House price growth was already slowing before the mortgage crisis hit

Annual house price growth was already slowing before last week’s chaos in the mortgage market threatened to seriously derail the housing market, new figures show.

House prices rose 9.5% on the year to September, from 10% in August, according to the Nationwide Building Society’s monthly house price index.

Graham Cox, a mortgage broker, said the “worm has turned” and predicted a 20% drop in house prices over the next two or three years.

He said: “The events of the past week have fundamentally changed the mortgage market.

“It’s a buyer’s market now.”

London was the region with the smallest increases, with annual growth of 6.7% in the last quarter.

From one month to the next, real estate prices have not increased at all.

The slowdown in growth did not take into account the recent market chaos after last week’s mini-budget, which saw spooked lenders withdraw thousands of mortgage deals as the value of the pound plummeted.

Nationwide warned that affordability was becoming increasingly stretched with first-time buyers’ deposits as a proportion of wages at a record high.

The data revealed that 10 of the UK’s 13 regions saw slower growth between July and September than in the spring.

Tomer Aboody of MT Finance, a lender, said rates rising to record highs would trigger a “change in sentiment” as potential buyers decide to wait until they are “well within their means” to make a purchase.

However, prime properties in London are expected to retain their values, he said, “as overseas buyers look to take advantage of the weak pound”.

Nationwide said the number of mortgages approved for home purchases remained below pre-pandemic levels, adding that surveyors were reporting a drop in applications from new buyers.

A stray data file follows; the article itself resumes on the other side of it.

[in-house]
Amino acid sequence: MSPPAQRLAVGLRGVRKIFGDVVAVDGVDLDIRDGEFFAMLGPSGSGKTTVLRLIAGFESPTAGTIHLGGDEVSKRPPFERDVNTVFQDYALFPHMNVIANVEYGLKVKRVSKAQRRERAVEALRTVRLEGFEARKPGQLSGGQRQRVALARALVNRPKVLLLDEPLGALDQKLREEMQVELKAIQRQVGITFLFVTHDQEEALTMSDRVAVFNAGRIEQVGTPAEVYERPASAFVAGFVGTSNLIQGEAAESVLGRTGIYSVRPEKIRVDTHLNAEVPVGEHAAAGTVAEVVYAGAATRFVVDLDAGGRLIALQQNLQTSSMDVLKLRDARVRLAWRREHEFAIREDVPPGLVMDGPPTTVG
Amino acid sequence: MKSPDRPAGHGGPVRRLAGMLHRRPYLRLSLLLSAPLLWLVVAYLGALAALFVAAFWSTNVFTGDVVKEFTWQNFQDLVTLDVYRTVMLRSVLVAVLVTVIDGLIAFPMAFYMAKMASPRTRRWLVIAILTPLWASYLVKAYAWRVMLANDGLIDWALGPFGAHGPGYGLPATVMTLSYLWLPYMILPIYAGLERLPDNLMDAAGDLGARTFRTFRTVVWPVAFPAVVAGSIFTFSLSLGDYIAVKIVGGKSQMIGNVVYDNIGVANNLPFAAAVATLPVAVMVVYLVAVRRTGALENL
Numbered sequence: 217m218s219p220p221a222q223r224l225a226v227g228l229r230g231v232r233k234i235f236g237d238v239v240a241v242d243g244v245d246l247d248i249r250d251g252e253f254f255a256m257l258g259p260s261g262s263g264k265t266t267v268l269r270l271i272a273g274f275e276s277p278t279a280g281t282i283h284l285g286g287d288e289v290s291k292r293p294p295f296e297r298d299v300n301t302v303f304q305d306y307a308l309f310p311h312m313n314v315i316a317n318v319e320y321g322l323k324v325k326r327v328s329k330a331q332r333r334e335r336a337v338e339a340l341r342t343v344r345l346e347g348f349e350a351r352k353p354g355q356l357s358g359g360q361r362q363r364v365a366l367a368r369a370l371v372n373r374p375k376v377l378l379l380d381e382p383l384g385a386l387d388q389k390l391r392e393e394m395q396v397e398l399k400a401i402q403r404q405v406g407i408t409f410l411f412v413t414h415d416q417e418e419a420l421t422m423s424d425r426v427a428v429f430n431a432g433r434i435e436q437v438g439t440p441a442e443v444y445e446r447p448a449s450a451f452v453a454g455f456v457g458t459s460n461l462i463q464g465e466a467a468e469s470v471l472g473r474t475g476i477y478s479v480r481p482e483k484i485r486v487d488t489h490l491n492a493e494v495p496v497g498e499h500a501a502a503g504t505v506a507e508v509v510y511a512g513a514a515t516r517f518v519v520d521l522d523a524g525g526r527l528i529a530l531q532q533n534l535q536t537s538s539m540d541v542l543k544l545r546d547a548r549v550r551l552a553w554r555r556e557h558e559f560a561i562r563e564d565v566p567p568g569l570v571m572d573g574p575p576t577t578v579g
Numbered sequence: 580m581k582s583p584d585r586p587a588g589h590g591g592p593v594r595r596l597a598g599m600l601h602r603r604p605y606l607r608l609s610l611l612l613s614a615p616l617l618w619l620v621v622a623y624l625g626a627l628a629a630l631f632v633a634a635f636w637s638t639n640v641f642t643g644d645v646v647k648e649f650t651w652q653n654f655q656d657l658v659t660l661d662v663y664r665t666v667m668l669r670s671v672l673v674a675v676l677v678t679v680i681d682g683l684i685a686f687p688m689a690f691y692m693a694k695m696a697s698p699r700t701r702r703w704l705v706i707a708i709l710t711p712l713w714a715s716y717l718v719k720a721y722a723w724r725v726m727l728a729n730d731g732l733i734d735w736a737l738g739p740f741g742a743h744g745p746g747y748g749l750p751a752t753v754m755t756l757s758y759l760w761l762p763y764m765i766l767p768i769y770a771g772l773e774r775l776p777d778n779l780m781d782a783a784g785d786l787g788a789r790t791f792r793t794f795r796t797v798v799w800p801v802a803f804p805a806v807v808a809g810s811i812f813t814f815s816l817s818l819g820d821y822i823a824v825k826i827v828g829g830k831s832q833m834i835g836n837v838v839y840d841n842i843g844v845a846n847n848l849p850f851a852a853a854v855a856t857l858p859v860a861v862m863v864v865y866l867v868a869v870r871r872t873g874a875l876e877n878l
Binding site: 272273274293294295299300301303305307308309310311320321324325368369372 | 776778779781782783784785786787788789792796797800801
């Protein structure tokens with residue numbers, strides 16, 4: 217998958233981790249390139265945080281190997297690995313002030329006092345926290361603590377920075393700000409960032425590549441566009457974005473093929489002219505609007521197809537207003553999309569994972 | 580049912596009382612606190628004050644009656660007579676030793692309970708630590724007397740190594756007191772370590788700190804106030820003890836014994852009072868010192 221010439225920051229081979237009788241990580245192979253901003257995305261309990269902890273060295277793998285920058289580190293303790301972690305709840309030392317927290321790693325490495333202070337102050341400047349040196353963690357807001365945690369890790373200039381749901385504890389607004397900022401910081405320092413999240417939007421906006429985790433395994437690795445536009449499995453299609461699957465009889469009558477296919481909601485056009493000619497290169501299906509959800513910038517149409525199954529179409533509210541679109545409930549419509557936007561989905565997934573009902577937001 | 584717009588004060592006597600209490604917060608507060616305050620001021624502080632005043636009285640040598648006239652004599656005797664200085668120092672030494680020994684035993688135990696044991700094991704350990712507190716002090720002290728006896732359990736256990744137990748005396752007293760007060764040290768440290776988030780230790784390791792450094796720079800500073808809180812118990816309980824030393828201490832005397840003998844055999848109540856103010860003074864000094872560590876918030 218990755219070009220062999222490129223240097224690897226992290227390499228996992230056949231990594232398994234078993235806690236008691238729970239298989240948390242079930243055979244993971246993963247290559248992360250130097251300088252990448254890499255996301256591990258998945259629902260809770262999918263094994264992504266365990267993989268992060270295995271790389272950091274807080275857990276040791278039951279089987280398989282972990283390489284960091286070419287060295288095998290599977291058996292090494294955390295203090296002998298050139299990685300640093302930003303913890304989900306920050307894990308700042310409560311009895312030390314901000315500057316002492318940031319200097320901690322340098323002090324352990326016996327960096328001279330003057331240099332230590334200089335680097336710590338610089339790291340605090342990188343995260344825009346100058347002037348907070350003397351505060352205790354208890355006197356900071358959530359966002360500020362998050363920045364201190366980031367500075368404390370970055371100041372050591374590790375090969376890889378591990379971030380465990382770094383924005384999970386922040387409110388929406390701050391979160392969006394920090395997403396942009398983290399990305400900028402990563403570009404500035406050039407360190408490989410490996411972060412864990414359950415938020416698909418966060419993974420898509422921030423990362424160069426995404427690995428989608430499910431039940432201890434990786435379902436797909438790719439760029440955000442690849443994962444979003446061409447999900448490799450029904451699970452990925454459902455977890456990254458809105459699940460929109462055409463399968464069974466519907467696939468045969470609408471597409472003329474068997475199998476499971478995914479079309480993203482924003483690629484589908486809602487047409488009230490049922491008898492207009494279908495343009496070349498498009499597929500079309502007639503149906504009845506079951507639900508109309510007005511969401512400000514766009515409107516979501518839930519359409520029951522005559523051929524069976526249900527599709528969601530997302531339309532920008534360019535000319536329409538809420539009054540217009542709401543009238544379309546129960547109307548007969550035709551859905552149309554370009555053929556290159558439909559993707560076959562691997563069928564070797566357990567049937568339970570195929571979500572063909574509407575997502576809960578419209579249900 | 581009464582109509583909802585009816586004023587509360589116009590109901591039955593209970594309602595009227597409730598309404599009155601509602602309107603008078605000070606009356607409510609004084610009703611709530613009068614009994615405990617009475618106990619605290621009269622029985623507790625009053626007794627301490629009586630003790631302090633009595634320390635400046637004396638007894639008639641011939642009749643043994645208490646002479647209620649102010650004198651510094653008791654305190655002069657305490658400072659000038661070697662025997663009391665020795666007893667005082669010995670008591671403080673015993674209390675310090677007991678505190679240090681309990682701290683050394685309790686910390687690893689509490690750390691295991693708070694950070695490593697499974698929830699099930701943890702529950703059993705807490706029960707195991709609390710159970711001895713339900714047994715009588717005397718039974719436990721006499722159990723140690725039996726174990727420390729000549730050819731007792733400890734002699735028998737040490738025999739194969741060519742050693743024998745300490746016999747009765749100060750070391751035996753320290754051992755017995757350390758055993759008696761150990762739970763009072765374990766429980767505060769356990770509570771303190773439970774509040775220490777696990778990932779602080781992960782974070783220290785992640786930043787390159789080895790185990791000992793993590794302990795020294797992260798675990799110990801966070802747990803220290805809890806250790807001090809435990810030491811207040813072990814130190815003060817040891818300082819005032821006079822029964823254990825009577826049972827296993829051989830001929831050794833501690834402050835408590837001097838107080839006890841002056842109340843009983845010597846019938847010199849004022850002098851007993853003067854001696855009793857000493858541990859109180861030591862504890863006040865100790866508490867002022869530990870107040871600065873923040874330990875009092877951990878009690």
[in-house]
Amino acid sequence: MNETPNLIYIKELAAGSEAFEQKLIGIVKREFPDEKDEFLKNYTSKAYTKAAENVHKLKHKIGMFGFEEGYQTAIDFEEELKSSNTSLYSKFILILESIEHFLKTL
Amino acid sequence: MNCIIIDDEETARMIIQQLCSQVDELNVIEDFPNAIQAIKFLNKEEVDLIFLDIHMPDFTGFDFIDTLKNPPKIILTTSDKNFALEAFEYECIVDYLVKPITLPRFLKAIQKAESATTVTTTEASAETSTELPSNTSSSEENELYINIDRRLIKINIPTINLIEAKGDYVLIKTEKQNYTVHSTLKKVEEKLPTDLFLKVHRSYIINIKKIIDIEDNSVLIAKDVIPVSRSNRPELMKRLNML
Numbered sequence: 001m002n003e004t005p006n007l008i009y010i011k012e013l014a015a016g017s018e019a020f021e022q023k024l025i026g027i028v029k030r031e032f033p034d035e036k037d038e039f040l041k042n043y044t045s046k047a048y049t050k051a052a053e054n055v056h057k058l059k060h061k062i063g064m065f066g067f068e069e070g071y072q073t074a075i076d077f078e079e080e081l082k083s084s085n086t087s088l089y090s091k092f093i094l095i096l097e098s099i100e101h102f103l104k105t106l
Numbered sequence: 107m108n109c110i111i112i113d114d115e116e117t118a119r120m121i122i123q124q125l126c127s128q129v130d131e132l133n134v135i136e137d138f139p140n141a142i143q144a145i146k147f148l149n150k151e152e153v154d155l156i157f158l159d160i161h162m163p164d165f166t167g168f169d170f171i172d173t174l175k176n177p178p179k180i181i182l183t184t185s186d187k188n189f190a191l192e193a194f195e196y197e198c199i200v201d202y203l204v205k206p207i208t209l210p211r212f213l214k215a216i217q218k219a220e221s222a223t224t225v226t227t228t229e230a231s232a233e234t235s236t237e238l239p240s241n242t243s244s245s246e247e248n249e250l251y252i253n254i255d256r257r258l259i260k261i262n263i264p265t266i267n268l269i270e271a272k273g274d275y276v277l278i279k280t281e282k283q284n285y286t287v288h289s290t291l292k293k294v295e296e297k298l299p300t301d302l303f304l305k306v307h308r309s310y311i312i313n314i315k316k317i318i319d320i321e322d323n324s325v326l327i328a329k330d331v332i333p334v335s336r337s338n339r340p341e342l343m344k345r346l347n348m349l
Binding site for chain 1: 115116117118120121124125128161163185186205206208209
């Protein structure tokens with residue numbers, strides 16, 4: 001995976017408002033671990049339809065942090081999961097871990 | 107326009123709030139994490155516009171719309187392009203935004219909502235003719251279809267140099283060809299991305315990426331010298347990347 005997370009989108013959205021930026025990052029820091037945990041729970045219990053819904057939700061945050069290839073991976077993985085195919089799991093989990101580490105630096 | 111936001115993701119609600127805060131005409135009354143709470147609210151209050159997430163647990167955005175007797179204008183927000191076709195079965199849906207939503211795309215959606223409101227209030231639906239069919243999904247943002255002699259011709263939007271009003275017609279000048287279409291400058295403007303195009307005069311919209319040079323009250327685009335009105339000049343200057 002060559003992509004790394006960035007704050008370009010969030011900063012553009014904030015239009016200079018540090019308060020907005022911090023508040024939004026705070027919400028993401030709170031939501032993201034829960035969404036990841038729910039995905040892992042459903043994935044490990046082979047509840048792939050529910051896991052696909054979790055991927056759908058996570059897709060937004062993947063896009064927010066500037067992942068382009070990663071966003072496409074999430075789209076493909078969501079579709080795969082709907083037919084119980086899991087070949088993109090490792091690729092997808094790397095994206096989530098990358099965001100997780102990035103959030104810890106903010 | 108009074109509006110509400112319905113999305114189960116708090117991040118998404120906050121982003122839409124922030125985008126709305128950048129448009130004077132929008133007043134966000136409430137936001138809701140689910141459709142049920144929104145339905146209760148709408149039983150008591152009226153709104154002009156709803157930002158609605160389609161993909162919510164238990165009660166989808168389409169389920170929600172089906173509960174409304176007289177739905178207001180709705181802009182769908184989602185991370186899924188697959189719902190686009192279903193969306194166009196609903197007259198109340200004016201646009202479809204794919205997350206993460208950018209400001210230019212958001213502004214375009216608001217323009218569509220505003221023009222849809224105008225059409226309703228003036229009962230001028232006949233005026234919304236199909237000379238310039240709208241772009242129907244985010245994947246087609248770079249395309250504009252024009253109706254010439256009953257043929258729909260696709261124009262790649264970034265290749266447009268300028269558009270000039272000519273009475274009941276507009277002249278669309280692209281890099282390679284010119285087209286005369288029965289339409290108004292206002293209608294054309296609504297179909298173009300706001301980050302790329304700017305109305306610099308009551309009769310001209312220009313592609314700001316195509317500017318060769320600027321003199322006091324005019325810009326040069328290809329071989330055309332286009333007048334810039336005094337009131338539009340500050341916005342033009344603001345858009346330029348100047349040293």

Chancellor Kwasi Kwarteng’s stamp duty reduction could provide “some support for activity and prices”, he said.

But Mr Gardner added: ‘The significant increase in prices in recent years, together with the significant increase in mortgage rates since the start of the year, have pushed the typical mortgage payment as a share of take-home pay well into the above the long term. medium.”

Prices in the South West remained the strongest, according to the report, although growth fell further from 14.7% to 12.5%. In the East Midlands, price growth fell from 11.4 pc to 12.3 pc.

The data revealed that London was the worst performing region, despite a slight increase in house price growth, from 6% to 6.7%.

The average property price in the capital is £534,545, almost double the national average of £273,135.

Jonathan Hopper of Garrington Property Finders said the coming months were likely to see price inflation cool.

“So far there are jolts rather than tremors,” he said. “But the once boundless confidence and momentum of the housing market is being shaken.

“The momentum is changing and more and more buyers are stopping to think or playing hardball on what they’re willing to pay.”